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Staring into a Cosmic Jet.
Jets of material seem common in the Universe; blasting away from black holes, Neutron stars, the hearts of galaxies, and even newborn stars. Unfortunately, the source of these jets are usually obscured by thick dust. Astronomers using the submillimeter array have been able to peer through this dust and see right down the throat of a nearby jet in a young star system called Herbig-Haro 211. It will eventually become a low mass star similar to our Sun, and help explain the stages stars go through in early life.
Astronomers find jets everywhere when they look into space. Small jets spout from newborn stars, while huge jets blast out of the centers of galaxies. Yet despite their commonness, the processes that drive them remain shrouded in mystery. Even relatively nearby stellar jets hide their origins behind almost impenetrable clouds of dust. All stars, including our sun, pass through a jet phase during their "childhood," so Astronomers are eager to understand how jets form and how they may influence star and planet formation.
At this week's meeting on submillimeter astronomy in Cambridge, Mass., Astronomers described the latest results from an international collaboration using the Submillimeter Array (SMA) atop Mauna Kea, Hawaii. The SMA has begun to peer through the dust and home in on the sources of nearby stellar jets.
"Using the SMA, we can stare into the throat of the jet," said SMA project scientist Paul Ho of the Harvard-Smithsonian Center for Astrophysics (CfA). "We're getting close to seeing its launching point."
Astronomer Hsien Shang of the Academia Sinica Institute of astronomy and Astrophysics (ASIAA) and her colleagues have created a model of jet formation that calculates temperatures, densities and brightnesses within stellar jets. SMA observations of a young star system prosaically named Herbig-Haro (HH) 211 have confirmed the validity of the model.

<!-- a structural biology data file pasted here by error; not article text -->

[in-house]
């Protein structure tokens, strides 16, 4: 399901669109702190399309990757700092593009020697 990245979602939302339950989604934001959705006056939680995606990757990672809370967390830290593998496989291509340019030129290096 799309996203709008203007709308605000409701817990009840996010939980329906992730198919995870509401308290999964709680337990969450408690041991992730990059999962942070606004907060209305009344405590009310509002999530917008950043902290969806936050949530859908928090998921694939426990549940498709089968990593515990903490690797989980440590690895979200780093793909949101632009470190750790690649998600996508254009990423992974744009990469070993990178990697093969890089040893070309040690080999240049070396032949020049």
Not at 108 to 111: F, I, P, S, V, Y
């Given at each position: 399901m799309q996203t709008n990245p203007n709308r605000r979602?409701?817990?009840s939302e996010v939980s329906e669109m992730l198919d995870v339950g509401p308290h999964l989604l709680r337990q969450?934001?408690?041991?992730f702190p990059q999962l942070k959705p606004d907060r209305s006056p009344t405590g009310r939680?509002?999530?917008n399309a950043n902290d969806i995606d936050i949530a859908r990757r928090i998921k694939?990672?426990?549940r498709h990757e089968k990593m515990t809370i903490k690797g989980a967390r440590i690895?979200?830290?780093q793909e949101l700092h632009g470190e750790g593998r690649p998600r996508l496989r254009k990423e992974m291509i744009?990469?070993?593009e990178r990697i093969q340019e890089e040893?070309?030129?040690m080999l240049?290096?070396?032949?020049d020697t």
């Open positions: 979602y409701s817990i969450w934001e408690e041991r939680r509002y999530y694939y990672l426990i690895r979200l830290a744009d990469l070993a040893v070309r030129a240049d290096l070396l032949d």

"Our model predicts what we will see about 100 astronomical units from the star," Shang said. (One astronomical unit is the average Earth-Sun distance of 93 million miles.) "With the SMA, we can begin to look at the HH 211 system at the scale of the model and test those predictions. So far, everything checks out."
HH 211 is located about 1,000 light-years away in the constellation Perseus. Astronomers estimate that the small protostar hidden within HH 211 is less than 1,000 years old-a mere baby by astronomical standards, so young that it is still growing by accumulating matter from a surrounding disk of gas and dust. The protostar eventually will become a low-mass star similar to the sun.
Although most of the matter in the disk will flow onto the star, some must be ejected outward to carry away excess angular momentum. Complex physical processes funnel that ejected matter into dual jets that shoot outward in opposite directions.
"Jets form very close to a protostar, within about 5 million miles of its surface according to the model we applied" said researcher Naomi Hirano (ASIAA). "The SMA can help test the jet model on the youngest protostars using molecular tracers from within that innermost region."
SMA's successor, the planned ALMA project, should finally reveal the nature of the engine powering these jets by peering into the core where they form.
"The SMA has brought us tantalizingly close to our goal-the answer to the question of how jets form," said Ho. "ALMA will take us those final few steps."
Headquartered in Cambridge, Mass., the Harvard-Smithsonian Center for Astrophysics (CfA) is a joint collaboration between the Smithsonian Astrophysical Observatory and the Harvard College Observatory. CfA scientists, organized into six research divisions, study the origin, evolution and ultimate fate of the universe.
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